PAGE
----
Tale of a Bentley that won't be built
We were somewhat surprised to see the picture titled 'Maybach fighter' on Page 1 of your Feb. 1 issue. That picture appeared in various United Kingdom publications last November. Allow me to clarify the situation, to some degree at least.
This not a picture of a prototype or a concept car. It will not be unveiled at the Frankfurt show. Sales will not start in 2000. In fact, the car will never be put into production.
Obviously, someone has been considering our plans for the future, what has been said and not said, and unfortunately 2 plus 2 has been put together to make 5.
We recently announced that Volkswagen has committed £500 million to a new research and development program that would, over the next five years or so, see the introduction of a new Bentley that will increase our annual sales to more than 9,000 motor cars.
I am sorry to have to spoil a good story, but I am sure that you will understand that the last thing we need is for customers to be waiting for a motor car that will never be produced. As to what the car in the picture may be, I can only remind you that we have been very successful throughout our history in producing rare, exclusive and often unique motor cars for our customers around the world, details of which we are naturally unable to divulge.
RICHARD N. CHARLESWORTH
Head of Public Affairs
Rolls-Royce Motor Cars Ltd.
Crewe, Cheshire, England
Oil industry says it has done its part
Your Jan. 25 editorial, 'EPA must order the oil industry to reduce sulfur,' which concludes, 'The EPA must order the oil industry to get on with the job,' is completely inaccurate and unfair to our industry's efforts to respond to air-quality needs and new tailpipe emissions standards.
The petroleum refining industry has put forth a cost-effective, common-sense proposal to the EPA to reduce sulfur levels in gasoline by 2004.
The plan was offered as the result of a dialogue with some affected states and the EPA.
Overall, it reduces gasoline sulfur levels by more than half in 28 states, most of which are east of the Mississippi, plus Louisiana, Missouri and eastern Texas. That is where ozone is a real problem.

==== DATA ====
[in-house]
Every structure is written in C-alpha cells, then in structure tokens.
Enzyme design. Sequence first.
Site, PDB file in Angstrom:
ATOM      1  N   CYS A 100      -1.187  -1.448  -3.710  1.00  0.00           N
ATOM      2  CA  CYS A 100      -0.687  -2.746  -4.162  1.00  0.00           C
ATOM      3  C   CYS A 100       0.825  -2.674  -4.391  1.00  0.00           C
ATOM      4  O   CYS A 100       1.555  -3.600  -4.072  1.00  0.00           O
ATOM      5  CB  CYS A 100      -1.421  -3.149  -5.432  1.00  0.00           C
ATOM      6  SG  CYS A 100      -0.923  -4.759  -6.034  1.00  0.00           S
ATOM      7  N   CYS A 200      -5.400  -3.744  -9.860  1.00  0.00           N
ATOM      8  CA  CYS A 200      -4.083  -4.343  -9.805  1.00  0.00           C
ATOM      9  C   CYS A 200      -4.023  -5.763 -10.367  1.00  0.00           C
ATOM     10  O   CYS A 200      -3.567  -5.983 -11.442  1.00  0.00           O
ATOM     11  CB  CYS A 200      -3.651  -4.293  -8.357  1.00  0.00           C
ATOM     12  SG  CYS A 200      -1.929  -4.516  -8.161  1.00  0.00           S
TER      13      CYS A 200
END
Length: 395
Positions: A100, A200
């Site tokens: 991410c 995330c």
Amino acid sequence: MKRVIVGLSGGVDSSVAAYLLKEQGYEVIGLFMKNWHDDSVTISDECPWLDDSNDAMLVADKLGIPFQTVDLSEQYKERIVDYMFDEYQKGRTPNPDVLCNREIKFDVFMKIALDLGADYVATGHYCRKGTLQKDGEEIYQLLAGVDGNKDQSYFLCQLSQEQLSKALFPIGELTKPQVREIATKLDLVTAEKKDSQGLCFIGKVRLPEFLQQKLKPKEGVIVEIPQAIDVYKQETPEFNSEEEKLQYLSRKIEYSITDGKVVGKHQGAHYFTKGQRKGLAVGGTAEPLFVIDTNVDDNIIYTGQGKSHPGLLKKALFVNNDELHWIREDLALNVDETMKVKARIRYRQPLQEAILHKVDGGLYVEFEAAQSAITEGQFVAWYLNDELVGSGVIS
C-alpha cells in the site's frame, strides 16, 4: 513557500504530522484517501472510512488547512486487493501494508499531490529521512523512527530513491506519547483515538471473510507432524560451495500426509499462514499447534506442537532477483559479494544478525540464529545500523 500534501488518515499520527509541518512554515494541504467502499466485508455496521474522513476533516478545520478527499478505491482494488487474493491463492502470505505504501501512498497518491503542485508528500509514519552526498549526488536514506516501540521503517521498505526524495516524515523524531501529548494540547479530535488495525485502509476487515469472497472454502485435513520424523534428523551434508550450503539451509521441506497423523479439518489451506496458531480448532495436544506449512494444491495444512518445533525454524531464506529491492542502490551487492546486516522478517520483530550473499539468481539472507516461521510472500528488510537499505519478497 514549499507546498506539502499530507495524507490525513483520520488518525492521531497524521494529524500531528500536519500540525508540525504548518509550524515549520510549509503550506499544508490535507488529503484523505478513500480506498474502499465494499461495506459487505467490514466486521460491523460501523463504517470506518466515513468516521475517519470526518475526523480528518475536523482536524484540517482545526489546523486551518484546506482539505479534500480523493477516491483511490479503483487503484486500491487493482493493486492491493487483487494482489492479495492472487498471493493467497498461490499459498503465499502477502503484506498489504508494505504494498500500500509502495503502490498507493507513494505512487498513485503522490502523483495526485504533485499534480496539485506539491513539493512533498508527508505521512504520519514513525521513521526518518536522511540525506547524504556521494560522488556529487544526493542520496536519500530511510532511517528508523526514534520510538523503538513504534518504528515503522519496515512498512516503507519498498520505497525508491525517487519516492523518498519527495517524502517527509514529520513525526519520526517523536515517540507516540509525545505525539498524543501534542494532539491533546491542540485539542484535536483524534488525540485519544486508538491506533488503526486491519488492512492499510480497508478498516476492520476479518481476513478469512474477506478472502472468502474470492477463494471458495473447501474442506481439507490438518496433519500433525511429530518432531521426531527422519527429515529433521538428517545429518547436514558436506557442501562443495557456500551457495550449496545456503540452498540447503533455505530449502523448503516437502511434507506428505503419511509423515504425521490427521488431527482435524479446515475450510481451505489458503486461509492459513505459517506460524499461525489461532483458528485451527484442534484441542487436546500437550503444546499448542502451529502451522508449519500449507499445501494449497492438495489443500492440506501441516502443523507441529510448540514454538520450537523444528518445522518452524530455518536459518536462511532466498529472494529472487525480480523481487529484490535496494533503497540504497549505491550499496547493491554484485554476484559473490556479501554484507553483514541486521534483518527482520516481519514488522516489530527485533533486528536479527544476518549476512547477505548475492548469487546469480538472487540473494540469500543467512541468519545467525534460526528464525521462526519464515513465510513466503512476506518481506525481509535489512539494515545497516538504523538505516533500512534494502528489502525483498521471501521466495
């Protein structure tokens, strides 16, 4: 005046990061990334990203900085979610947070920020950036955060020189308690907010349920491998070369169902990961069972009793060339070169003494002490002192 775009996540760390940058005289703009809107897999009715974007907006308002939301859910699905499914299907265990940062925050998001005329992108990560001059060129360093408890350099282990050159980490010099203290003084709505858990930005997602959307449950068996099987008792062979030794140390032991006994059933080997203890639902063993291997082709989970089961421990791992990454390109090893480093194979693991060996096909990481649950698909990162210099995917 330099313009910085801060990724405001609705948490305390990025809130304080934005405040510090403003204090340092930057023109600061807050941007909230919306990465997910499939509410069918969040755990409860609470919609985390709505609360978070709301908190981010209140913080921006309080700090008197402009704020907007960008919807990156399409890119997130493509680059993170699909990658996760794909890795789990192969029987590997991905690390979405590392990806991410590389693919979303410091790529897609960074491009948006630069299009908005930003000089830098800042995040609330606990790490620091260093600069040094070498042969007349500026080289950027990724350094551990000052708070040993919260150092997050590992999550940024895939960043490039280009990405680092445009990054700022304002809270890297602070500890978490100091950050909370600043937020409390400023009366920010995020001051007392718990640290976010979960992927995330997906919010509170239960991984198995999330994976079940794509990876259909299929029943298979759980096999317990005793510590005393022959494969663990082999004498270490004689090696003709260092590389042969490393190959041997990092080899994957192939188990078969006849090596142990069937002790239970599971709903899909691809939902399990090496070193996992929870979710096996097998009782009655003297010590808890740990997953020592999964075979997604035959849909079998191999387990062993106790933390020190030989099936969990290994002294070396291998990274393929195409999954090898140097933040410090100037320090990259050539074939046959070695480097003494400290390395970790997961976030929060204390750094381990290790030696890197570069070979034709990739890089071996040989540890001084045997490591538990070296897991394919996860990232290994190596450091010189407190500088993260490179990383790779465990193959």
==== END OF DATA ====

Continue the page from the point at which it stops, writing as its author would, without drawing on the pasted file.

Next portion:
But air-quality problems are fairly scarce in the West, with the exception of California, which has special fuel and vehicle requirements.
So for the rest of the nation except California, the proposal is also for a significant reduction, but not as much as in the East. Further, the petroleum industry reached out to automakers to participate in a dialogue on this issue, but automakers declined.
Sulfur in gasoline can affect the ability of some emissions control systems to meet more stringent vehicle emissions standards. But Automotive News should know that innovative automakers already have vehicles on the road that can meet such requirements even with today's gasolines.
What EPA must do is find an approach that is based on real environmental need, that is affordable to consumers and that is cost-effective, balancing the need for fuel and vehicle changes.
A stringent national fuel standard based on the needs of California is inconsistent with the air-quality needs of the rest of the nation. A one-size-fits-all approach flunks the common sense test.
WILLIAM F. O'KEEFE
Executive Vice President
American Petroleum Institute